Infrared thermography could be a big aid in ensuring a bull's potency in the field.
Even a bull that passes his BSE (breeding soundness exam) with flying colors occasionally won't get the job done when he actually goes to work. In fact, work done at the Meat Animal Research Center (MARC), Clay Center, NE, indicates that as many as 25% of these bulls have physiological problems that limit their effectiveness.
Soon, however, there's expected to be wide availability of a technology that can help maximize the chances that bulls with good transcripts can also get the job done in the real world.
A More Practical Version The technology - infrared thermography - isn't new, but it's expected to become much more practical and affordable than the cumbersome and expensive commercial units being used today.
A number of companies are working to develop portable versions of the infrared units long used by law enforcement and the military to detect missing people in the wilderness or fix locations of humans in a hostage situation. It's also commonly used in the medical profession to diagnose circulation problems in humans and, more specifically, to diagnose scrotal/testicular pathology in men.
The portable units are expected to cost around $10,000 versus the current systems which sell for as much as $100,000, says Glenn Coulter, head of the Livestock Sciences Section at the Lethbridge Research Center in Alberta, Canada. The increased affordability should serve to put the portable units within the reach of veterinarians and technicians.
Chuteside Task Takes One Minute Infrared thermography (IRT) provides a pictorial image of an object's infrared emissions - irradiated heat energy - permitting estimation of an object's surface temperature to an accuracy of 0.1 degrees C., Coulter says.
Included as part of the breeding soundness physical exam at chuteside, the IRT process (excluding analysis which is done later) takes about a minute, says Donald Lunstra, a research physiologist at MARC.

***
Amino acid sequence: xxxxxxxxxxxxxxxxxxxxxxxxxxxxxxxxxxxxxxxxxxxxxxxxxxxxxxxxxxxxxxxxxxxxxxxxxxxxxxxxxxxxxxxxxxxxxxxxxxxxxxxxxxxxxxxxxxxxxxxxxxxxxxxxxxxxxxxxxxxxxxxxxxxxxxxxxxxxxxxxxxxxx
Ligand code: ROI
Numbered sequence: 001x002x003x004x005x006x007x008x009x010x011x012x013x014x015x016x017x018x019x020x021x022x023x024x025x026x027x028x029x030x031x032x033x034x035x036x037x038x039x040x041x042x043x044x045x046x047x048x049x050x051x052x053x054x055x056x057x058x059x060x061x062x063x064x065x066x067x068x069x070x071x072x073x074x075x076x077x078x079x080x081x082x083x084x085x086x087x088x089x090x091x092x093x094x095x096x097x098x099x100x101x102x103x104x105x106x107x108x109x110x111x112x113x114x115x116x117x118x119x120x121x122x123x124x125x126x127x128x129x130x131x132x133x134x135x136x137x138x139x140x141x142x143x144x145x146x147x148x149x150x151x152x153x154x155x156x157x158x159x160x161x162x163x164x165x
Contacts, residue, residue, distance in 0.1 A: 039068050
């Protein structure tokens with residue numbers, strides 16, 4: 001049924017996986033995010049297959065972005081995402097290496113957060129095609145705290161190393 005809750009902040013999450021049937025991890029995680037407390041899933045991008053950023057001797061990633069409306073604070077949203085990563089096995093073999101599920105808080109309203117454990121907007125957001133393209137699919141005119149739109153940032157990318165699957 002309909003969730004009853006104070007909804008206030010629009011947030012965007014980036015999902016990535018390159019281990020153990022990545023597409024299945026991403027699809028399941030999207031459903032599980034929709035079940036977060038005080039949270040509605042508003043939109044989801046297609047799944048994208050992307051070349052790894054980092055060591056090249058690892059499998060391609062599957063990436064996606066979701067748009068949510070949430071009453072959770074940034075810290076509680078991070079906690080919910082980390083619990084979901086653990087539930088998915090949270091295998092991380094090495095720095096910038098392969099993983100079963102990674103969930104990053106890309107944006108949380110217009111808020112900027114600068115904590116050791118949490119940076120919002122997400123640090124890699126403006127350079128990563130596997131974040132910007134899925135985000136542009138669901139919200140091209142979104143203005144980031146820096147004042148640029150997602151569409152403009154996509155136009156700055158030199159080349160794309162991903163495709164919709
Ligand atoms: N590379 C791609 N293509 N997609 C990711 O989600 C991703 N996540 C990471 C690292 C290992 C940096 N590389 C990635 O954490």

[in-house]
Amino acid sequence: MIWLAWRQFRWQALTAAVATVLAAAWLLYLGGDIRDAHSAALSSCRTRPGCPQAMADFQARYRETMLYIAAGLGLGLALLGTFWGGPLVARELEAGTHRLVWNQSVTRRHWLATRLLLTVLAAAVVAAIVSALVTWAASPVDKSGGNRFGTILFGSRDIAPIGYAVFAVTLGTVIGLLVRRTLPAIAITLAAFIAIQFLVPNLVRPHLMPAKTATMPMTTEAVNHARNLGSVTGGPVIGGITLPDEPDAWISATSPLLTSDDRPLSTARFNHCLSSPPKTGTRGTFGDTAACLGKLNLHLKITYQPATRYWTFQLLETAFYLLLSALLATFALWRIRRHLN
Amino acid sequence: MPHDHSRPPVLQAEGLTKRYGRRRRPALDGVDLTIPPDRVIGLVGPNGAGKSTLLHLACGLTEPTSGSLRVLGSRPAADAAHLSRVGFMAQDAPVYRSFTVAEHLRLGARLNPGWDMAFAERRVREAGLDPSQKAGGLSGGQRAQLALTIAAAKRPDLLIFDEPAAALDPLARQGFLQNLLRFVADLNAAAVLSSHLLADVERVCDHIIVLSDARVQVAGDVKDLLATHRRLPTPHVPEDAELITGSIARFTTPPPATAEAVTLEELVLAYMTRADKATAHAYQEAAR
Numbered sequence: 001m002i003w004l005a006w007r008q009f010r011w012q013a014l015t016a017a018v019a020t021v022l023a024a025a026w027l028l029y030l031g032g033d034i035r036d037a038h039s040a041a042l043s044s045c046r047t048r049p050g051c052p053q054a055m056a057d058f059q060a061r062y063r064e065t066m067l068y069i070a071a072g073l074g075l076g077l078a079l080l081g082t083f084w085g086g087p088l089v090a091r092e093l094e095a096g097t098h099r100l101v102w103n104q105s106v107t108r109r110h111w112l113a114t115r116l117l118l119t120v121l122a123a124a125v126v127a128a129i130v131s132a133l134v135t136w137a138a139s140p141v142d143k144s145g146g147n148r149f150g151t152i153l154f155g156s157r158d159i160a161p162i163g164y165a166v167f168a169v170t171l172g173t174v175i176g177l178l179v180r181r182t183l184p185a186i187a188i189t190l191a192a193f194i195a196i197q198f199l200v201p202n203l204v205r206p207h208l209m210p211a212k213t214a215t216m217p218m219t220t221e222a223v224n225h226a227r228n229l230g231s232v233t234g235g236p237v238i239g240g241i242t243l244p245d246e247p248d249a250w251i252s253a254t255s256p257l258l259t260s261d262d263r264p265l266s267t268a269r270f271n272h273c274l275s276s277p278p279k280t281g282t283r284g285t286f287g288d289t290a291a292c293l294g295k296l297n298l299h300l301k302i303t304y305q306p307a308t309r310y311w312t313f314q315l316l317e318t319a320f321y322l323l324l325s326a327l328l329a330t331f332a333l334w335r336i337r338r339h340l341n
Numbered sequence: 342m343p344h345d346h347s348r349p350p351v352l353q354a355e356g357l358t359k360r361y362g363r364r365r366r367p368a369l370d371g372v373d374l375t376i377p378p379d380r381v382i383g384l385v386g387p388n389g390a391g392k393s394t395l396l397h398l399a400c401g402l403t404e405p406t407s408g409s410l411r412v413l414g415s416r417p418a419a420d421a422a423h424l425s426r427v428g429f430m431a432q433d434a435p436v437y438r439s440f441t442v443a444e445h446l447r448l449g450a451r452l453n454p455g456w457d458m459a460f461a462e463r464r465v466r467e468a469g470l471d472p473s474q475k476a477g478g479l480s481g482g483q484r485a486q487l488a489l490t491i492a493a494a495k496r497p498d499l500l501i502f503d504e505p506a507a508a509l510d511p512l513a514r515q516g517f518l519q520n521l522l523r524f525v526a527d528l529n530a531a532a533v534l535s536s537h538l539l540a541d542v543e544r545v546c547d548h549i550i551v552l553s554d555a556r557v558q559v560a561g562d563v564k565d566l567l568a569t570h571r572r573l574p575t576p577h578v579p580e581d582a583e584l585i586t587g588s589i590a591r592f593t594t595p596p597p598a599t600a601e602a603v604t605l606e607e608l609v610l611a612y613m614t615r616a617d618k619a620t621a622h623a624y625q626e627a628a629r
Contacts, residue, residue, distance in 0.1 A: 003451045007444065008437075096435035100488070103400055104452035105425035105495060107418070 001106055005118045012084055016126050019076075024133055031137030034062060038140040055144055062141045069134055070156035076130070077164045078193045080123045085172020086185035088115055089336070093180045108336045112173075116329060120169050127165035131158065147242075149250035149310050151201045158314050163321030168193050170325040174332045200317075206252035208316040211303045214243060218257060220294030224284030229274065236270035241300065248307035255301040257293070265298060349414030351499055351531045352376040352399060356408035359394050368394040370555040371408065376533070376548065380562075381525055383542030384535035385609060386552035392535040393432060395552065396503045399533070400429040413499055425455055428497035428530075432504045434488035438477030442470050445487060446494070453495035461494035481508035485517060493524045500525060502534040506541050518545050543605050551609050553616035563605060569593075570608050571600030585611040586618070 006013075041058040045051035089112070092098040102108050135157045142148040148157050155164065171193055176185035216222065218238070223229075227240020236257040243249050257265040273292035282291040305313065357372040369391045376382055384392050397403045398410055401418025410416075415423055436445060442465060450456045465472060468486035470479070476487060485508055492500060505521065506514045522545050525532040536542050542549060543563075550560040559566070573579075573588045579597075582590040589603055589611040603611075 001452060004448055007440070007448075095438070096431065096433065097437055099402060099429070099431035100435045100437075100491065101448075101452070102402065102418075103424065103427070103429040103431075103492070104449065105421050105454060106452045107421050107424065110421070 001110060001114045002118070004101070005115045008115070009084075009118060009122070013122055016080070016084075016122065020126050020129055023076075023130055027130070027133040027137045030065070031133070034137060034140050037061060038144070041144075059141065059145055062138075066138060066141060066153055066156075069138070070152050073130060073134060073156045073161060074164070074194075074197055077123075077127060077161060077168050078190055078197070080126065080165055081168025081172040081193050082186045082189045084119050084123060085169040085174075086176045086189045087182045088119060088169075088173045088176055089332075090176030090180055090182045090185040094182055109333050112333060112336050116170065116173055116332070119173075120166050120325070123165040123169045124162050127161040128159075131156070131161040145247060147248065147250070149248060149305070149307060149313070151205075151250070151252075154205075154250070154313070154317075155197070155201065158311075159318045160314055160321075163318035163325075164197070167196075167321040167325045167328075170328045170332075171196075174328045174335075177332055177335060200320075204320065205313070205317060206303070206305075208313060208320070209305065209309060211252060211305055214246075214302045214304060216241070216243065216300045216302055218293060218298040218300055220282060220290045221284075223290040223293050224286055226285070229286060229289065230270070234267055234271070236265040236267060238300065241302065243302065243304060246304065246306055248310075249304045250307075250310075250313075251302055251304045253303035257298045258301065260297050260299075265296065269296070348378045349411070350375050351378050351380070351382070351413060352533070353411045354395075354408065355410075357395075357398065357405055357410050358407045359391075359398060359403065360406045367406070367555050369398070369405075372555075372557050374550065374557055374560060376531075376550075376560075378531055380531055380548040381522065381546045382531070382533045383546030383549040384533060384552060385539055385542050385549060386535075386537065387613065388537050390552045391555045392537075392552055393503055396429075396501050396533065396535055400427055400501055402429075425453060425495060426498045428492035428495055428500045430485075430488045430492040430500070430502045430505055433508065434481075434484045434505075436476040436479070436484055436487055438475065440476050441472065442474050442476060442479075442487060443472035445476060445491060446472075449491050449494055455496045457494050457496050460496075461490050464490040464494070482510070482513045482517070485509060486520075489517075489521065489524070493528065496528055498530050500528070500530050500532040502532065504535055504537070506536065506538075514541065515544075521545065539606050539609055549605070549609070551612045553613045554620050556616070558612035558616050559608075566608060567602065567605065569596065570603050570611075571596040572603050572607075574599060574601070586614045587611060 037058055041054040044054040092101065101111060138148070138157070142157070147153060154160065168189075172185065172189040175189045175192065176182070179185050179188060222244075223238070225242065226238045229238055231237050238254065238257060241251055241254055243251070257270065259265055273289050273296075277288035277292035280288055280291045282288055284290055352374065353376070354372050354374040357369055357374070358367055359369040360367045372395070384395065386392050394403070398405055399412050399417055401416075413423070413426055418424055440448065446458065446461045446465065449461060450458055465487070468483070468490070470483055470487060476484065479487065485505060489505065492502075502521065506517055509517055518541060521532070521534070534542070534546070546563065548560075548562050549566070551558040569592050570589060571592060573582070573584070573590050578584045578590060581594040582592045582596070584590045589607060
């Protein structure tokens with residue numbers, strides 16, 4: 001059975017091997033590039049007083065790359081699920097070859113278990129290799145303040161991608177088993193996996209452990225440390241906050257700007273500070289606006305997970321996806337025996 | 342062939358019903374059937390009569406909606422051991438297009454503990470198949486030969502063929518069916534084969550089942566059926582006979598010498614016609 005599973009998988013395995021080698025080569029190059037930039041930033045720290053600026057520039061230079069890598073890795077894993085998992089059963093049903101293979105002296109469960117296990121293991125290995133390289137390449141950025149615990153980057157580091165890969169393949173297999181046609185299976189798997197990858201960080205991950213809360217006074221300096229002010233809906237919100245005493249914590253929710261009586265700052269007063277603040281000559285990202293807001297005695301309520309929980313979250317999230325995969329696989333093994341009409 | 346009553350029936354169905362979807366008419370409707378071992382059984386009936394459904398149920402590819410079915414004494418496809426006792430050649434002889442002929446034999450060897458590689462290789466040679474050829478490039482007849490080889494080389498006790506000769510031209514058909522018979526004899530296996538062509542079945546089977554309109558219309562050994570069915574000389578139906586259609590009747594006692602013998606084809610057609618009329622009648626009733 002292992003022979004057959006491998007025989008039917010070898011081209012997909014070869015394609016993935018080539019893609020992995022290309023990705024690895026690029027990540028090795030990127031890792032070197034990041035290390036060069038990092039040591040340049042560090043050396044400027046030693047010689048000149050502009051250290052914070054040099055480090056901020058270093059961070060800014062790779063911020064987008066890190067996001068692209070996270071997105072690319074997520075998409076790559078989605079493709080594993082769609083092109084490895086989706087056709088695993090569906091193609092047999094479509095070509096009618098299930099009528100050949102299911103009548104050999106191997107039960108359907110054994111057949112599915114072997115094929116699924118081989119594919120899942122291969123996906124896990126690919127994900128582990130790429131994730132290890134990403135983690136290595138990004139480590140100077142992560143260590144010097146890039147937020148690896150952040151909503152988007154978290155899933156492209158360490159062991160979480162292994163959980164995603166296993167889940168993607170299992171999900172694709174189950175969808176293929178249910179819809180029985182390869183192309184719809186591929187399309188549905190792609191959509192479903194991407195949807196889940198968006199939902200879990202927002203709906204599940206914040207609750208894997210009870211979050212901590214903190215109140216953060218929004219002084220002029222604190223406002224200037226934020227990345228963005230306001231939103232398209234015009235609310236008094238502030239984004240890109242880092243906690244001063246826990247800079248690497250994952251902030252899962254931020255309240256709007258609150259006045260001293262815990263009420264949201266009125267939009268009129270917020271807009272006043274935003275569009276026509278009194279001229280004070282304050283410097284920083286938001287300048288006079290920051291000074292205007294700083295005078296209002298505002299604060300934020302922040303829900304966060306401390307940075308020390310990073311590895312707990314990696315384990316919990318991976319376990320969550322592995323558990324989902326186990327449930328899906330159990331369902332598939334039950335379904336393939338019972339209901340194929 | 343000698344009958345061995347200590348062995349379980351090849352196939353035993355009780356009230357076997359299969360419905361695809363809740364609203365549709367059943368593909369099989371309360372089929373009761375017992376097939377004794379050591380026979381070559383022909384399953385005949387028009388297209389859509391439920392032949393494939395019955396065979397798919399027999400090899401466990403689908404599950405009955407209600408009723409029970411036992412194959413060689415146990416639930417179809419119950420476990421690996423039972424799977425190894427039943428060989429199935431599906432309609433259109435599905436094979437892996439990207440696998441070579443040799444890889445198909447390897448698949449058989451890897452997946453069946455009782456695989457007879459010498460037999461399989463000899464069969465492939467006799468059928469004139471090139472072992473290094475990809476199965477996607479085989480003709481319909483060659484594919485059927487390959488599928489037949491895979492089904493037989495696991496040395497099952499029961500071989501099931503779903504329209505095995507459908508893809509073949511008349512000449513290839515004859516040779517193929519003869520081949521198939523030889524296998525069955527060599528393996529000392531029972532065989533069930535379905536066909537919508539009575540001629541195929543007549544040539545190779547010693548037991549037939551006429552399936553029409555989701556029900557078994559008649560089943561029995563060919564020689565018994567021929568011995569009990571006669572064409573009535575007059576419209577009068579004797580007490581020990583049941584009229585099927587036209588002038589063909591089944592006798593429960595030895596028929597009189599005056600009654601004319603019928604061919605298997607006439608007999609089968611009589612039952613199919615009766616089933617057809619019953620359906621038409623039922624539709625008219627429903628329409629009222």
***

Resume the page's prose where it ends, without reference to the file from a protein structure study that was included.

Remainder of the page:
After opening the back of the chute on a restrained bull, a handheld infrared video camera is used to record images of the bull's scrotal area. A single image is taken in 11/425 of a second.
The IRT scanner converts electromagnetic infrared energy into electronic video signals. These signals are amplified and displayed as an eight-level, gray scale image and are stored on video tape for later processing and analysis by a dedicated computer. The computer has the ability to enhance images with as many as 36 colors, each representing a specific temperature range.
A scrotum, Coulter says, is an optimum subject for IRT because of its normal temperature range, lack of hair cover and its capability to radiate infrared or heat energy.
The pictorial image of the heat radiated from a normal functioning bull scrotum shows up as horizontal, parallel bands of color (see figure 1). Those bands depict the normal graduation toward cooler scrotal temperatures as you move down the scrotum and further away from the bull's body.
"In an abnormal thermograph, that parallel banding doesn't exist. Instead, you can get an infinite number of combinations and permutations of hot spots and cold spots, rather than the structured banding," Coulter says (see figure 2).
Because maintenance of a specific temperature range within the testes is essential for normal sperm production, a thermograph used in tandem with a BSE, can further confirm a properly functioning bull, Coulter explains.